Every organisation has its presentation style.
News media may differ from your organisational style – ask yourself, do you want media attention or do you want to be deleted?
It is in all citizen journalists’ interests – and would-be media spokespeople’s – to pay attention to standard news styles.
The reasons for this are twofold:
1. your audience – consistency ensures readers are free to read your stories and reports without having to concentrate on your presentation (there’s nothing more annoying when you’re reading than stumbling over confusing punctuation or grammar – it interrupts the flow and raises questions about the accuracy of your content);
2. your reputation – consistency ensures your reputation for accuracy is maintained (if you can’t be trusted to get the spelling right, how can you be trusted with the information?).
It may sound pedantic and for most readers these considerations are unconscious – but that is precisely because professional presentation ensures your readers don’t have to think about such concerns.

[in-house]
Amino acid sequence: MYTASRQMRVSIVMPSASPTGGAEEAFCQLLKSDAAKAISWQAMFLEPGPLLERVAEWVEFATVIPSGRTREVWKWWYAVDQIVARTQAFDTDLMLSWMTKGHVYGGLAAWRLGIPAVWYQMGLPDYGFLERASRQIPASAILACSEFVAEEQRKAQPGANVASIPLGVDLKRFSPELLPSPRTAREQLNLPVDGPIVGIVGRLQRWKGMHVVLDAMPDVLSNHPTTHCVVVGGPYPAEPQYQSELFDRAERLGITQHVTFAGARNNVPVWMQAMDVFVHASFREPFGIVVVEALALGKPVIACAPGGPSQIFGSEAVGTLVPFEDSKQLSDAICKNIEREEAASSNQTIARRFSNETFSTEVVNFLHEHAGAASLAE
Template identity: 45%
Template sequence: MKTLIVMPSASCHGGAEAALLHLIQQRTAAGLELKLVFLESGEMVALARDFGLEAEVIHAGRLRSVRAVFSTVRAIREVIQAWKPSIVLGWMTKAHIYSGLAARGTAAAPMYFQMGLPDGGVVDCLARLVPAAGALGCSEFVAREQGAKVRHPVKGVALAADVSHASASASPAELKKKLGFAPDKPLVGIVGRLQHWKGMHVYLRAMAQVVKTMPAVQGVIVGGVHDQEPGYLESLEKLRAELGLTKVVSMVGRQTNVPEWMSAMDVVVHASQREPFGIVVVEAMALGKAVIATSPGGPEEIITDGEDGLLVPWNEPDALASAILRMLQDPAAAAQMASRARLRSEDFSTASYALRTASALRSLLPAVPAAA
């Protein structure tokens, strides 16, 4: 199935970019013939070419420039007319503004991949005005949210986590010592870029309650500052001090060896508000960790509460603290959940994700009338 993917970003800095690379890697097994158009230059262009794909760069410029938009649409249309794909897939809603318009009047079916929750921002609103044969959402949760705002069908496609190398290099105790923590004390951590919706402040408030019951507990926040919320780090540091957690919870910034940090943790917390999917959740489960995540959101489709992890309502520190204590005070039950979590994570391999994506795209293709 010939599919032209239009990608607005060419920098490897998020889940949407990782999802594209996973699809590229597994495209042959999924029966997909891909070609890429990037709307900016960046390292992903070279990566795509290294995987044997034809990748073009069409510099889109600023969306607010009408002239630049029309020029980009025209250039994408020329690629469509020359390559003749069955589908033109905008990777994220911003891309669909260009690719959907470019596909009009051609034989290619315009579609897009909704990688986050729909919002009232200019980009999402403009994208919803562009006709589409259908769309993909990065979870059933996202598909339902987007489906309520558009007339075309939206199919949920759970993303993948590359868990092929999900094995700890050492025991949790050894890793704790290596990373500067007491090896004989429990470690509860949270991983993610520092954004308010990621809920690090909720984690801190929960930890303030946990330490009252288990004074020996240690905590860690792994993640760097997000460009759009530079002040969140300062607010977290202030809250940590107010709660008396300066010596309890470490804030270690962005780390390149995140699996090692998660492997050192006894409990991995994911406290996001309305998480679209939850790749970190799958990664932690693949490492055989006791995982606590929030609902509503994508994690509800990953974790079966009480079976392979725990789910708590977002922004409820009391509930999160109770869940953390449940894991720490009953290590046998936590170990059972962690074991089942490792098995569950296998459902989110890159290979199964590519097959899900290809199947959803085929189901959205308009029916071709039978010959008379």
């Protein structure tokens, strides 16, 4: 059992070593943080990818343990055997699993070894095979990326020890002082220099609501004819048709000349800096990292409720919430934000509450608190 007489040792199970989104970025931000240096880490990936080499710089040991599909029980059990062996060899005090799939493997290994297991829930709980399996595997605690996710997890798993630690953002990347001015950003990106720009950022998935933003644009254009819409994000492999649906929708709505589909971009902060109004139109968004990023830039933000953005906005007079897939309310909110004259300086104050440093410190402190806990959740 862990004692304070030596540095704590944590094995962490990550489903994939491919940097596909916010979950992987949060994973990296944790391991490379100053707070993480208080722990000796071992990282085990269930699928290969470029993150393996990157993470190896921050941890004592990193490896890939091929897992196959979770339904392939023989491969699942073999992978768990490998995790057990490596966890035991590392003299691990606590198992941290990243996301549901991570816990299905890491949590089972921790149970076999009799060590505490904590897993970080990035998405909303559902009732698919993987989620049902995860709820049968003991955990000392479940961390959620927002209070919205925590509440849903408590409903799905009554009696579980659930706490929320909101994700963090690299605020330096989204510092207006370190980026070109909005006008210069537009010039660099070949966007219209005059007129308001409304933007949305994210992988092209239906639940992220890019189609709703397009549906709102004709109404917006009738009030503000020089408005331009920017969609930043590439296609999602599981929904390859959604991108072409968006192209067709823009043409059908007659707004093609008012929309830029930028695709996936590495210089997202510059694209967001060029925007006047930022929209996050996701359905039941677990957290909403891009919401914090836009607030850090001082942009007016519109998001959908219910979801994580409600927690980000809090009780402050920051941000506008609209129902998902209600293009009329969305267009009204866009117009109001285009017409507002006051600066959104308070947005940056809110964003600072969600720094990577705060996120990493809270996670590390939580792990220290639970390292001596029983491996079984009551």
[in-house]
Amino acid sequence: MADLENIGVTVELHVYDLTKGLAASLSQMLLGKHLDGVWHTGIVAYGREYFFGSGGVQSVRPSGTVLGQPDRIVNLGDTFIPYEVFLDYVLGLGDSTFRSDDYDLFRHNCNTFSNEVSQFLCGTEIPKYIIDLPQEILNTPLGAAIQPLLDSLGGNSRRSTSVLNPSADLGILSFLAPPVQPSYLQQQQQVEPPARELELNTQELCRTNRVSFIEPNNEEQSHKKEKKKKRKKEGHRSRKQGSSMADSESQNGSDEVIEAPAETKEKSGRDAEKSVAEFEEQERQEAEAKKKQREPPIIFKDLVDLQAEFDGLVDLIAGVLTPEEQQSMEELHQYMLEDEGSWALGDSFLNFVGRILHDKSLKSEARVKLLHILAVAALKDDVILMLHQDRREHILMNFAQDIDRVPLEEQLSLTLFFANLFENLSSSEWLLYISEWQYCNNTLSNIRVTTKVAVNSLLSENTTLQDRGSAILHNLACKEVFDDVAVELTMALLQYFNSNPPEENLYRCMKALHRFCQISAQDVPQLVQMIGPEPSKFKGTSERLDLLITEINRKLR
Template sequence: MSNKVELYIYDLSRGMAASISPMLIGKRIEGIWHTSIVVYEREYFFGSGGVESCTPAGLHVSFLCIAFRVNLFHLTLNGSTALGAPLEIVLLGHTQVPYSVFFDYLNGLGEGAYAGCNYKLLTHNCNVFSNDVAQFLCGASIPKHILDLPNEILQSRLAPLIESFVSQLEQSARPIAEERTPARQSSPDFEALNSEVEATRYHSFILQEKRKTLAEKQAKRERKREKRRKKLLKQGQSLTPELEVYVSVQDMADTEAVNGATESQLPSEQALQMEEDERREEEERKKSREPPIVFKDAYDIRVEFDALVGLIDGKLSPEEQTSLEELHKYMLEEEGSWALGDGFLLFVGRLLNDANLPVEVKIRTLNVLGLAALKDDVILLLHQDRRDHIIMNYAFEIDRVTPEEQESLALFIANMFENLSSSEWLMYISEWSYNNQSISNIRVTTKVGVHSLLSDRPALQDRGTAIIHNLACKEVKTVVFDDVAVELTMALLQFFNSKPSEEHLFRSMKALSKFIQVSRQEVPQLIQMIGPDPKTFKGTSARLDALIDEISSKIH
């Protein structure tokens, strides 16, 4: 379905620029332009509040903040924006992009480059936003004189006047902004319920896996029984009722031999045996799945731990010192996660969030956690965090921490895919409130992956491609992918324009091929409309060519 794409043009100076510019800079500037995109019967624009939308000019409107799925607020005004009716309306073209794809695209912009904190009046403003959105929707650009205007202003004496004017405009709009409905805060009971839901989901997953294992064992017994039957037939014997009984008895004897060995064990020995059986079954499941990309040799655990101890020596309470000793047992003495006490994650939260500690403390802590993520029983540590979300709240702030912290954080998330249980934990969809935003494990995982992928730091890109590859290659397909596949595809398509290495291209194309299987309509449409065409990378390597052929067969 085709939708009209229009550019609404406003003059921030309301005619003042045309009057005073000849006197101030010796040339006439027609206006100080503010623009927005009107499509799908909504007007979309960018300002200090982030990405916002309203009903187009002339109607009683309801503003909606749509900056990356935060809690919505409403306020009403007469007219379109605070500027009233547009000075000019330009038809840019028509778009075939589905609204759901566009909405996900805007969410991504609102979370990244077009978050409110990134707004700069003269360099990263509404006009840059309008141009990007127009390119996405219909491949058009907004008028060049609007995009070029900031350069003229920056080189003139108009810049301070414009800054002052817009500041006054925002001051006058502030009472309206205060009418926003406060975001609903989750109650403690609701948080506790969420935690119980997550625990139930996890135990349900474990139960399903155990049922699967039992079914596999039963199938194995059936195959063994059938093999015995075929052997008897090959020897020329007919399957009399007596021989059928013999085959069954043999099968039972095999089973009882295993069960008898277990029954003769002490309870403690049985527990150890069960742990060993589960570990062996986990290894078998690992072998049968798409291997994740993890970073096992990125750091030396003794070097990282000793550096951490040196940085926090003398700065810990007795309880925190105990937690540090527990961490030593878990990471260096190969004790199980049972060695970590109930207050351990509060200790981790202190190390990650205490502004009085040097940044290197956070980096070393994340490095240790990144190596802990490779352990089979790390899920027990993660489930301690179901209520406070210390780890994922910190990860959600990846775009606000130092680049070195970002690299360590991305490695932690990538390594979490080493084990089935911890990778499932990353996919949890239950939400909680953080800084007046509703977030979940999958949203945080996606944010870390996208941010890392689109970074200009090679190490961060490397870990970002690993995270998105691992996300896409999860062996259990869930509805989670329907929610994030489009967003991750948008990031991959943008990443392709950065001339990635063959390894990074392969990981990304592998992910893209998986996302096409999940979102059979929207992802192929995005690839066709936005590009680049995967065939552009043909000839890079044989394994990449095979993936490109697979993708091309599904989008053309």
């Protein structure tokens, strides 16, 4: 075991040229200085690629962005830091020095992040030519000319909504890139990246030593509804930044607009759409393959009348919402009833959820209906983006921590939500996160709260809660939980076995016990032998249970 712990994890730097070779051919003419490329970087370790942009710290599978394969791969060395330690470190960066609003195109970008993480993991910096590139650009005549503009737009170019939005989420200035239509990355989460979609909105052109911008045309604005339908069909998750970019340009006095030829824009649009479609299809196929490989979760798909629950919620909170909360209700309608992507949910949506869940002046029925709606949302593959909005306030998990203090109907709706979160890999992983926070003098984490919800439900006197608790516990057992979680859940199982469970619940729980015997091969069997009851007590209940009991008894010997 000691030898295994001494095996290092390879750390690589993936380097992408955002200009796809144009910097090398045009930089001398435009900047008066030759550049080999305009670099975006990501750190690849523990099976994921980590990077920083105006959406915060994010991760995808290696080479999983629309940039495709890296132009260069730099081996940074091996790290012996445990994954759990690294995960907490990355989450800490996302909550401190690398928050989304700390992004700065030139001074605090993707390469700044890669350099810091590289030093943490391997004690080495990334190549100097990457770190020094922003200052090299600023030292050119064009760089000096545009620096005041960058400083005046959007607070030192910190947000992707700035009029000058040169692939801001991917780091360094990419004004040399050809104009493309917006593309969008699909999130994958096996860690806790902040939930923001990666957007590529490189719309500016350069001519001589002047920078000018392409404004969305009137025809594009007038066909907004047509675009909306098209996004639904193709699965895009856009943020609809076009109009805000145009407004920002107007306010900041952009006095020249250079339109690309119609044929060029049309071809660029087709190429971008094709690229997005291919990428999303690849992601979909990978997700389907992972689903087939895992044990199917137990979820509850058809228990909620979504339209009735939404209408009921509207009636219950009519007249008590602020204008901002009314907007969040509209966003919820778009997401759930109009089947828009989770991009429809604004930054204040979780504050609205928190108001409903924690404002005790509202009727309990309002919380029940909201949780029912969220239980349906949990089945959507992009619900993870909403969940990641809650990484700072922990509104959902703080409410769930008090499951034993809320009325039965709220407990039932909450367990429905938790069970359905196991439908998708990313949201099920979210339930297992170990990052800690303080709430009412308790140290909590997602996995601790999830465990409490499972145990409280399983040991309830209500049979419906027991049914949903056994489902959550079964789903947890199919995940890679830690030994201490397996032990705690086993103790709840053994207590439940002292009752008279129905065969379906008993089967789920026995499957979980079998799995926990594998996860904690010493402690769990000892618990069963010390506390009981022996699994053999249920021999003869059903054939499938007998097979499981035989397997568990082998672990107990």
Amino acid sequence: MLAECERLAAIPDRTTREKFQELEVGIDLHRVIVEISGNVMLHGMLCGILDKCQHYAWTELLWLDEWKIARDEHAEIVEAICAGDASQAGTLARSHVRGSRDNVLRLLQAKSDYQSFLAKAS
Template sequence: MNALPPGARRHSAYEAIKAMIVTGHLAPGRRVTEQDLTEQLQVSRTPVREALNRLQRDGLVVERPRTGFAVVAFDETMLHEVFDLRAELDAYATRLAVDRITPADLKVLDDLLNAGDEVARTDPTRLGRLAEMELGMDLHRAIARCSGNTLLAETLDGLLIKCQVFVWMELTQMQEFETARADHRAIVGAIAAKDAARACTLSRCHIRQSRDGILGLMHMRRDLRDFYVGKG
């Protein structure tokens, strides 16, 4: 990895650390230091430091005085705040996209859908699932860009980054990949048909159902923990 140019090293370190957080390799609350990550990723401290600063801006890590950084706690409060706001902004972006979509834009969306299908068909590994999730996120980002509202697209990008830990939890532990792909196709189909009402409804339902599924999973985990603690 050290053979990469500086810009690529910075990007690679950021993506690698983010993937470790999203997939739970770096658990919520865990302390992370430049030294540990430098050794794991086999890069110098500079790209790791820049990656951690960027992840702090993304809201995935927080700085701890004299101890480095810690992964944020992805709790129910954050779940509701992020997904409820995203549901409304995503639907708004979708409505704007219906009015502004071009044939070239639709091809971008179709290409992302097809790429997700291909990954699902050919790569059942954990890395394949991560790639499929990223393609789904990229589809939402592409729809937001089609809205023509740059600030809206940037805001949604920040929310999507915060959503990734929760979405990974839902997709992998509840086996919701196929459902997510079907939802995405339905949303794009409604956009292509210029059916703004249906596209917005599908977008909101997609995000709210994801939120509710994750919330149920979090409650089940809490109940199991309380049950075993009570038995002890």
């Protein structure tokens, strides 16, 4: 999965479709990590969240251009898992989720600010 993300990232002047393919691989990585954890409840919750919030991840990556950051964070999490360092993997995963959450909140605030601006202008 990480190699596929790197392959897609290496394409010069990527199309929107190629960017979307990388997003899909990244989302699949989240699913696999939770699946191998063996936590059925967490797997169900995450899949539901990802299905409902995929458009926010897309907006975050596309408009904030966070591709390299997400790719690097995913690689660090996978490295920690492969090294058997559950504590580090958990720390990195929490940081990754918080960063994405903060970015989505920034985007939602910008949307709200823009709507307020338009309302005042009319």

* for Australian news media use Australian spelling
* every sentence in a news story or media release is a new paragraph
* in a feature article or opinion piece, you can run two or three sentences in a paragraph (no more than 2-3)
* when attributing a comment in news stories, there is only ‘said’ – she said, he said. Do not use such attributions as ‘s/he claimed, asserted, demanded, maintained, laughed, revealed’ etc etc. She said. He said. Strictly.
* organisations do not speak – spokespeople for organisations speak
* all stories are written in past tense. There are exceptions to this, but before you get to use them you must learn to write in past tense. Occasionally, it’s okay to use present tense in the lead (the first paragraph), but the rest of the story/media release will be past tense.
* quote marks have a specific style, as follows:
– when you are quoting someone inside a straight sentence, use single quotes.
Example: The teacher said she was ‘disappointed’ with the state government’s refusal to sign up to education funding reforms.
– when you are using full quotes, use double quotation marks.
Example: “I am very disappointed with the state government’s refusal to sign up to education funding reforms,” she said.
NOTE the punctuation towards the end of the sentence, before the close quote: the comma goes before the quotation marks.
There’s more – of course.
Welcome to journalism!